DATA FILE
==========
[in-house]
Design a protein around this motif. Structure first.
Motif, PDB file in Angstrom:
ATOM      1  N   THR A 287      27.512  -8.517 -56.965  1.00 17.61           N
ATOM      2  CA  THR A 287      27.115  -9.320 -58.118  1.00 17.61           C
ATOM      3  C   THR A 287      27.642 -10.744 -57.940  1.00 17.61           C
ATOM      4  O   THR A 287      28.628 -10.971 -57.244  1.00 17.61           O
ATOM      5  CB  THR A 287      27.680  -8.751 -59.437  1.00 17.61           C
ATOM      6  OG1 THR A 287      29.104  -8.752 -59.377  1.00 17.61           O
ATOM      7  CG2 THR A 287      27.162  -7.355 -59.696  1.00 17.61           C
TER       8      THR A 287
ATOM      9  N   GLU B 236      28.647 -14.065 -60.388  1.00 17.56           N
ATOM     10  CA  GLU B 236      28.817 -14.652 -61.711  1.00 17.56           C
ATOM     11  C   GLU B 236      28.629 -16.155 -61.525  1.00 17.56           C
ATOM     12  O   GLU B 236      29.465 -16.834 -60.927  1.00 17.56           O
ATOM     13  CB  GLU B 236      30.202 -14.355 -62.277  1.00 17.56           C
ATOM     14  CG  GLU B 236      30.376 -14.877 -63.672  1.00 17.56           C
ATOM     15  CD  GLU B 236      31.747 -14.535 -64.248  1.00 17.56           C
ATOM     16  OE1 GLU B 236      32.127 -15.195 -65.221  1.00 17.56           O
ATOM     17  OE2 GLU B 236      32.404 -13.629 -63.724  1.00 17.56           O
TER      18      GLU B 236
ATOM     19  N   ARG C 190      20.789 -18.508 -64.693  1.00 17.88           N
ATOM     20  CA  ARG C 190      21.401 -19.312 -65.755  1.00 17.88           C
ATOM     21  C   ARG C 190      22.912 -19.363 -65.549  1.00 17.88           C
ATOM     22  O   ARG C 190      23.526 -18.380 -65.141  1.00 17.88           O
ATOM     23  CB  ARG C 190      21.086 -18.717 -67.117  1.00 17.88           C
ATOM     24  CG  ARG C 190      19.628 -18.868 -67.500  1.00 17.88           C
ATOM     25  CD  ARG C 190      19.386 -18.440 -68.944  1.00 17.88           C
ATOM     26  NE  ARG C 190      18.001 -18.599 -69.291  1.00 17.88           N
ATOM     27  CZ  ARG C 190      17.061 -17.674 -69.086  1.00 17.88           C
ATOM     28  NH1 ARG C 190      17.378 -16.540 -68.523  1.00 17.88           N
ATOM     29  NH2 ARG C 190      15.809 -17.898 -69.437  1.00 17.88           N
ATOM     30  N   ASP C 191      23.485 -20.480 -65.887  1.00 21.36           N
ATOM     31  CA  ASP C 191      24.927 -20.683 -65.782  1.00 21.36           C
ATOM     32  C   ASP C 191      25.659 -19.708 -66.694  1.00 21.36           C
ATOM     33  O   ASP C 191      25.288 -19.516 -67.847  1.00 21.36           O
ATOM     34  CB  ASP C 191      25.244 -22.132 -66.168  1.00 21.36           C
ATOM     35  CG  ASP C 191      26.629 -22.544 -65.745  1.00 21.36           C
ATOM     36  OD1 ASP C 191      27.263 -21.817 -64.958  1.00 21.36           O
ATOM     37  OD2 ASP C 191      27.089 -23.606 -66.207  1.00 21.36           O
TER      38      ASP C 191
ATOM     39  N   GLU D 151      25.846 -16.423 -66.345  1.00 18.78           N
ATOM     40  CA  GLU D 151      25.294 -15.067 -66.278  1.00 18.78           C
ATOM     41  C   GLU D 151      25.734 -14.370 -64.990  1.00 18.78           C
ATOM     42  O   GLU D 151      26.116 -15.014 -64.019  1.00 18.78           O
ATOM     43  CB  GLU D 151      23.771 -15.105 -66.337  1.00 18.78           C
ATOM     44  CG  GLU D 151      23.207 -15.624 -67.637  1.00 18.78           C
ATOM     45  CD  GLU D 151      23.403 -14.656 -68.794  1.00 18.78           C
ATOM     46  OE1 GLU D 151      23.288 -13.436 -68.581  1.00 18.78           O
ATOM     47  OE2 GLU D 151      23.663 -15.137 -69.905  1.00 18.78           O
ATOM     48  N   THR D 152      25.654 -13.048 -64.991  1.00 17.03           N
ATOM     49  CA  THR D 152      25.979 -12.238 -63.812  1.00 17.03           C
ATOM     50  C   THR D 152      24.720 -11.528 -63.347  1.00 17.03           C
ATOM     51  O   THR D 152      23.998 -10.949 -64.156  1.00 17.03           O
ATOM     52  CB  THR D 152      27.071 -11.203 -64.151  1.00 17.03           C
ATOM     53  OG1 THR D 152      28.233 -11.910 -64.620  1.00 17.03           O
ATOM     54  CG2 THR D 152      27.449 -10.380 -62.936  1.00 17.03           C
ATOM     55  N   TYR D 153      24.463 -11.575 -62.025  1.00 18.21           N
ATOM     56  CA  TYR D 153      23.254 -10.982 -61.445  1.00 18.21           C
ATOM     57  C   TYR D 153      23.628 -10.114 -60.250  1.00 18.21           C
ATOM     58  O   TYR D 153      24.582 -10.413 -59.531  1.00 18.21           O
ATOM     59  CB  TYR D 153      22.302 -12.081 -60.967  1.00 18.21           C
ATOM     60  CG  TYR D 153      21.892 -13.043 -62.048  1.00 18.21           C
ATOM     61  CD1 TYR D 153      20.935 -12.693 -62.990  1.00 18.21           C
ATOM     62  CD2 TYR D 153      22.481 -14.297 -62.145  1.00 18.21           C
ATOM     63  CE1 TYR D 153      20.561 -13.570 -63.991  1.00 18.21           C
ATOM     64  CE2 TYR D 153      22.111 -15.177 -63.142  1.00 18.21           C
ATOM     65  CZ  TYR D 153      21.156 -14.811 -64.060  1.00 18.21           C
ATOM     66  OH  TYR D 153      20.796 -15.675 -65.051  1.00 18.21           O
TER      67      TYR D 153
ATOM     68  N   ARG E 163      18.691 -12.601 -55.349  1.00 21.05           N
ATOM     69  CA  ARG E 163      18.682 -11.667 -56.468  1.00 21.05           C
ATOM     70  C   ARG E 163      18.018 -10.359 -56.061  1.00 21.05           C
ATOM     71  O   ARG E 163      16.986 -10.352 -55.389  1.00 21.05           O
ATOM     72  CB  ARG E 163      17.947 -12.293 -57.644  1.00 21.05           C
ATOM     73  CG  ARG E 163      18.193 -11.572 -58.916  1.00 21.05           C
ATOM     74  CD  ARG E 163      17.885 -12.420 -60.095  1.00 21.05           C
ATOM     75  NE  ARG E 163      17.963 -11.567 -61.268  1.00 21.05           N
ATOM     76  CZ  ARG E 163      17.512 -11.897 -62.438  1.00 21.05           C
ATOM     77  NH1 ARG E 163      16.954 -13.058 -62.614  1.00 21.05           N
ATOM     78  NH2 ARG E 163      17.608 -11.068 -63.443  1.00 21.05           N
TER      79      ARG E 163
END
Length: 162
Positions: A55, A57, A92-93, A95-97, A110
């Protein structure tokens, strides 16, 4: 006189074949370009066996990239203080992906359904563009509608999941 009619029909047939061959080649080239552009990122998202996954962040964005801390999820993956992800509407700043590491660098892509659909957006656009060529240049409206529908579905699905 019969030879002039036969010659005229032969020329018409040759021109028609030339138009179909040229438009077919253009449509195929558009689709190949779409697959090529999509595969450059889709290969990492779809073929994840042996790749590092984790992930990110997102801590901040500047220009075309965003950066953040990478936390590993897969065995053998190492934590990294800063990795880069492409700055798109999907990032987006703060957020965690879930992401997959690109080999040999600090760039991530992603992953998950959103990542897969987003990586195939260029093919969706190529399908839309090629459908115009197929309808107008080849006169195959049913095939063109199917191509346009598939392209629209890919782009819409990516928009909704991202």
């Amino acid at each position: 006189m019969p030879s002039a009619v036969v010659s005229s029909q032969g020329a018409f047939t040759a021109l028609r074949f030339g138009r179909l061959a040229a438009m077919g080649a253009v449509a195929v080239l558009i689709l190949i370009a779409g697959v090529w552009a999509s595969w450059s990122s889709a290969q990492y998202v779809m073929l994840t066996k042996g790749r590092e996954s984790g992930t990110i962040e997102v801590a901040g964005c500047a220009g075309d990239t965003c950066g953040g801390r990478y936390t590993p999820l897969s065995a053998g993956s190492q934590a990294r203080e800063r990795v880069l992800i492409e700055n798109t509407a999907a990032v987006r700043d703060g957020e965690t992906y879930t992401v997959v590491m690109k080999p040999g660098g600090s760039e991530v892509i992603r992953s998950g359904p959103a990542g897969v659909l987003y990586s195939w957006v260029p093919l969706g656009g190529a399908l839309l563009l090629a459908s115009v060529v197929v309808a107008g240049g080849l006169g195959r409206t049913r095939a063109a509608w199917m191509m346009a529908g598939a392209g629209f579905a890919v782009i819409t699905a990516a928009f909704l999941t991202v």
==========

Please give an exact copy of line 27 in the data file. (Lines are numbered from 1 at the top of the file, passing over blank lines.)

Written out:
ATOM     24  CG  ARG C 190      19.628 -18.868 -67.500  1.00 17.88           C